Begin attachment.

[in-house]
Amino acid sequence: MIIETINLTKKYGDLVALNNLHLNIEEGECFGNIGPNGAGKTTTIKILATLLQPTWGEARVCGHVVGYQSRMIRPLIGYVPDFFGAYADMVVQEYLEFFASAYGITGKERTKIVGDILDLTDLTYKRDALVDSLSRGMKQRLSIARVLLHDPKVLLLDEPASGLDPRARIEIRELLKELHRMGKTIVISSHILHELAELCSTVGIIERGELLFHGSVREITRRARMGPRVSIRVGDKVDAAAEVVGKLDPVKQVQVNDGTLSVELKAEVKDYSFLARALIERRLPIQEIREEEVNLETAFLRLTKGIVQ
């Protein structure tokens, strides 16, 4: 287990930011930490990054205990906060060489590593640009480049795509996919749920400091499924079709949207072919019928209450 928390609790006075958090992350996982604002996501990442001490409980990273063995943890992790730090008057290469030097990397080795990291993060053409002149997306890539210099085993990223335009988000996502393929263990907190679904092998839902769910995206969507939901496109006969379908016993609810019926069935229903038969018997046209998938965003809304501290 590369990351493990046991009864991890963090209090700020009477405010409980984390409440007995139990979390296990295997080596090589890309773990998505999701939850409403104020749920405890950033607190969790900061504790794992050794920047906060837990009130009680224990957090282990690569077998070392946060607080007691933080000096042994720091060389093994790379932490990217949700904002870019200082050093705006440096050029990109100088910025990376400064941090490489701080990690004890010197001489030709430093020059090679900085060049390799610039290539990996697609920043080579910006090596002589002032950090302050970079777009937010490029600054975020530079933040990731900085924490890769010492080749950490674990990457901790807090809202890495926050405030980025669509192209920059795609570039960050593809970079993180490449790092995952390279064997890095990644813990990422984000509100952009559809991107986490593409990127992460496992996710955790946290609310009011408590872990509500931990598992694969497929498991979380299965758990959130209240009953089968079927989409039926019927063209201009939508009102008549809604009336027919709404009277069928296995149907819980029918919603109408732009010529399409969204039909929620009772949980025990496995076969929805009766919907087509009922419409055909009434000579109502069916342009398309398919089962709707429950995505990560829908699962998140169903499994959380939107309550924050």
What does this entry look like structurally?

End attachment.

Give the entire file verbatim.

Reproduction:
[in-house]
Amino acid sequence: MIIETINLTKKYGDLVALNNLHLNIEEGECFGNIGPNGAGKTTTIKILATLLQPTWGEARVCGHVVGYQSRMIRPLIGYVPDFFGAYADMVVQEYLEFFASAYGITGKERTKIVGDILDLTDLTYKRDALVDSLSRGMKQRLSIARVLLHDPKVLLLDEPASGLDPRARIEIRELLKELHRMGKTIVISSHILHELAELCSTVGIIERGELLFHGSVREITRRARMGPRVSIRVGDKVDAAAEVVGKLDPVKQVQVNDGTLSVELKAEVKDYSFLARALIERRLPIQEIREEEVNLETAFLRLTKGIVQ
């Protein structure tokens, strides 16, 4: 287990930011930490990054205990906060060489590593640009480049795509996919749920400091499924079709949207072919019928209450 928390609790006075958090992350996982604002996501990442001490409980990273063995943890992790730090008057290469030097990397080795990291993060053409002149997306890539210099085993990223335009988000996502393929263990907190679904092998839902769910995206969507939901496109006969379908016993609810019926069935229903038969018997046209998938965003809304501290 590369990351493990046991009864991890963090209090700020009477405010409980984390409440007995139990979390296990295997080596090589890309773990998505999701939850409403104020749920405890950033607190969790900061504790794992050794920047906060837990009130009680224990957090282990690569077998070392946060607080007691933080000096042994720091060389093994790379932490990217949700904002870019200082050093705006440096050029990109100088910025990376400064941090490489701080990690004890010197001489030709430093020059090679900085060049390799610039290539990996697609920043080579910006090596002589002032950090302050970079777009937010490029600054975020530079933040990731900085924490890769010492080749950490674990990457901790807090809202890495926050405030980025669509192209920059795609570039960050593809970079993180490449790092995952390279064997890095990644813990990422984000509100952009559809991107986490593409990127992460496992996710955790946290609310009011408590872990509500931990598992694969497929498991979380299965758990959130209240009953089968079927989409039926019927063209201009939508009102008549809604009336027919709404009277069928296995149907819980029918919603109408732009010529399409969204039909929620009772949980025990496995076969929805009766919907087509009922419409055909009434000579109502069916342009398309398919089962709707429950995505990560829908699962998140169903499994959380939107309550924050």
What does this entry look like structurally?